On the day of the NBA draft, with the Warriors’ front office excited by the possibility of selecting their center of the future, Andrew Wiggins received a job promotion he had no reason to expect and honestly would rather have avoided.
Joining the Warriors nine months ago, Wiggins was preparing to be the team’s third scoring option, behind two-time MVP Stephen Curry and five-time All-Star Klay Thompson. All of that changed Wednesday afternoon.
Thompson, in a grievous instant, went from preparing for a comeback season to sustaining an Achilles’ tendon injury that will require surgery and force him into a second consecutive year of recovery and rehabilitation.
And it forces the Warriors, already prowling for established wings, to take an even deeper dive into that market. General manager Bob Myers conceded late Wednesday night that CEO Joe Lacob is ready to use the team’s traded-player exception, worth $17.2 million, to add talent.
“We have the green light to do that,” he said through visible gloom. “We had it. We have it. Klay or no Klay, depending on what we hear. So, it's there. Got to find a way to make it work for us. Certainly, once we hear more tomorrow, that might affect it. It might not. We'll see.
“Certainly, it may allow us to be more aggressive. But something has to make sense. If we feel like we need to add to that position, we'll do our best to do it. Still have free agency and you know, we'll see.”
Myers’ solemn uncertainty mirrored the moment. Many of the questions that likely would have been answered with Thompson’s return were now back in the lap of the front office. Can this roster make a deep playoff run? Are there enough offensive threats to keep defenses out of Curry’s jersey? Can Jordan Poole, after a disappointing rookie season, be counted on to fill the unforeseen offensive void?
It’s no longer a matter of who might be the team’s fourth scorer but, rather, who will be the third.
It’s no longer the presumption of getting 20 or more points a night from Thompson but whether they expect at least that much from Wiggins.
Suddenly, what was anticipated as a season of transition for Wiggins, with him learning how to play with teammates accustomed to winning, becomes one in which he’ll need to deliver at a high-impact level for the Warriors to have a chance to earn a prime playoff seed.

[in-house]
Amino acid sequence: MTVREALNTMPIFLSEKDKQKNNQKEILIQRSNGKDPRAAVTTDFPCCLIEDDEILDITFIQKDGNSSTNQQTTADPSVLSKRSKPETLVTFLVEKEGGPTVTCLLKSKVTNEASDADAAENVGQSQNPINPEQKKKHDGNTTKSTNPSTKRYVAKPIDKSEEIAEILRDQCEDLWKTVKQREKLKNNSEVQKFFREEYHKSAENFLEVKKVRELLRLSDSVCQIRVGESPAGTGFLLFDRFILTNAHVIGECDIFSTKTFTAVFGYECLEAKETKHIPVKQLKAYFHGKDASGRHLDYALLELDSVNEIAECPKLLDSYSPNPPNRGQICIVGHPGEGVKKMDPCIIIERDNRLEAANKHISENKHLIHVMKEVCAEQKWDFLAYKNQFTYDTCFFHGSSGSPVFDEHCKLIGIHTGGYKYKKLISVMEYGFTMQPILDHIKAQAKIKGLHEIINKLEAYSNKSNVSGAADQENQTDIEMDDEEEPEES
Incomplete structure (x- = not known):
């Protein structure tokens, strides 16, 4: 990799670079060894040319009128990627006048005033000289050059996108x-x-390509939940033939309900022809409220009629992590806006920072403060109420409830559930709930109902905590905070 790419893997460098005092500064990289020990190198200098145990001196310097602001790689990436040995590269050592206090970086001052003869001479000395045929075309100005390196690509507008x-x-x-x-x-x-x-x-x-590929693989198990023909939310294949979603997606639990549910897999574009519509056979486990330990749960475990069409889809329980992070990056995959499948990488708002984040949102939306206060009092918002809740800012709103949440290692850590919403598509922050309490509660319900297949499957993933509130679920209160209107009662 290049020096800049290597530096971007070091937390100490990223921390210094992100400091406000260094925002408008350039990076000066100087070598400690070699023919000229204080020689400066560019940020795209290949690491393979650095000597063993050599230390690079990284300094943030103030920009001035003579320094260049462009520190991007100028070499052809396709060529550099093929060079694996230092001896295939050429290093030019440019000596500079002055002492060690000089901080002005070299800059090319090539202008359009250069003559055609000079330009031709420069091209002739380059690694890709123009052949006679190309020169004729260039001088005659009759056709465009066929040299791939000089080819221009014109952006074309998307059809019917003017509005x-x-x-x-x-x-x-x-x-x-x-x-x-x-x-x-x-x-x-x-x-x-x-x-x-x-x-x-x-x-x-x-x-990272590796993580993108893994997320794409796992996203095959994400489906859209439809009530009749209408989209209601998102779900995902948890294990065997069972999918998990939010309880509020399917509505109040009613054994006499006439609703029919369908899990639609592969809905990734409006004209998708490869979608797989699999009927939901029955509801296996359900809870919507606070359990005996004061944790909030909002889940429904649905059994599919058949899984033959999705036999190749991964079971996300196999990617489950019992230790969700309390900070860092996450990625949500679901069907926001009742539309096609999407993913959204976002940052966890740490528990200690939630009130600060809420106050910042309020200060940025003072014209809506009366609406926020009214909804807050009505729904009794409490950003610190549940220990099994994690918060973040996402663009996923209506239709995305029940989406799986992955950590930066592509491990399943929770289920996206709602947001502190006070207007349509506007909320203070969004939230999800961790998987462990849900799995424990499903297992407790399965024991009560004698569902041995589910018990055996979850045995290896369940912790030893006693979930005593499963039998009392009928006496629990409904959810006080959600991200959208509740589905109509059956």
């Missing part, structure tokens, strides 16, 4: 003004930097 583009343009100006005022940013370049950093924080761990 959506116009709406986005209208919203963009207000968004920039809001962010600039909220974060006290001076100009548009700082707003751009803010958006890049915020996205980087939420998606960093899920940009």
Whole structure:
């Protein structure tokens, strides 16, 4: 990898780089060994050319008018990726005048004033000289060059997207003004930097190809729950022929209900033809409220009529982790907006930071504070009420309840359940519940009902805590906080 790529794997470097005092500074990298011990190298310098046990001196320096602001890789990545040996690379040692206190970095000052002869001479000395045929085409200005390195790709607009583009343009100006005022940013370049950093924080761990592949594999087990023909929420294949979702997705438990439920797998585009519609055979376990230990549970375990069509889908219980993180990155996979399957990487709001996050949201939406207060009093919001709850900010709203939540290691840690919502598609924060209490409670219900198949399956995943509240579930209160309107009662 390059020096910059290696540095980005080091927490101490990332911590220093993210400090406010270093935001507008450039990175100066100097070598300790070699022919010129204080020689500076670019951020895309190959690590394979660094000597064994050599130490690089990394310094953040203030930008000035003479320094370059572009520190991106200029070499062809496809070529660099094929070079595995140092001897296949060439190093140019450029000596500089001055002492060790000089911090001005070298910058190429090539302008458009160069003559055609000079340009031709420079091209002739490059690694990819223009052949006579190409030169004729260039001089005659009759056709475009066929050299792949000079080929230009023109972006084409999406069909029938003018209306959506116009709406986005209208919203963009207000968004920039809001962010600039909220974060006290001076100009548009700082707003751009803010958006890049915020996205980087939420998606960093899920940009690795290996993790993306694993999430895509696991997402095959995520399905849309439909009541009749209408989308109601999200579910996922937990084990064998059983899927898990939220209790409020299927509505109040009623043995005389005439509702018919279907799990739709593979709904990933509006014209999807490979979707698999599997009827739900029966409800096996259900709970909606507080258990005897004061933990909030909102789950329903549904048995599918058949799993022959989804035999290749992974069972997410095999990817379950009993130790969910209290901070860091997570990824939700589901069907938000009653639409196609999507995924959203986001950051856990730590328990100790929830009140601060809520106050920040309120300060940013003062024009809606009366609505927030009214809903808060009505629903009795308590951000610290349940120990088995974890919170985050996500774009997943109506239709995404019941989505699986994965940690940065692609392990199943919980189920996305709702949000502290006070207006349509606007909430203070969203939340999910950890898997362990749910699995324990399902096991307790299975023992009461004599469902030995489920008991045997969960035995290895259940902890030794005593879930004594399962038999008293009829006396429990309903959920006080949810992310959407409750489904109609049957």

Little did coach Steve Kerr know that when he told NBC Sports Bay Area over the summer that he considered Thompson and Wiggins “interchangeable” players, two wings that could play in the backcourt with Curry or slide over to small forward, that there would be no interchanging.
When the Warriors are healthy, there is very little distinction between the roles played by Thompson and Wiggins. Big guard or small forward, pretty much the same.
For now, it’s only Wiggins. He inherits an expanded list of production responsibilities, beginning with spending considerable time defending the opponent’s most dangerous perimeter player while also finding his way to a lot of nights with at least 25 points.
Every whisper and rumor I’ve heard over the past seven months indicated Wiggins was practically living in the gym, making a full commitment to sharpening his game. The Warriors were encouraged by this, as well as his showing in their minicamp last month. This is significant insofar as Andrew has a history of being painted as less than devoted to maximizing his prodigious gifts.
If Wiggins is to shed his reputation as an occasionally mystifying talent, following a 40-point night with a seven-point night, playing inspired ball on Sunday and cruising through Tuesday, this is the year to do it.
Many more eyes are destined to turn his way, and there is nowhere to hide. Wiggins may or may not care to reshape his image, but there is no doubt the Warriors need him to perform in a way that does exactly that.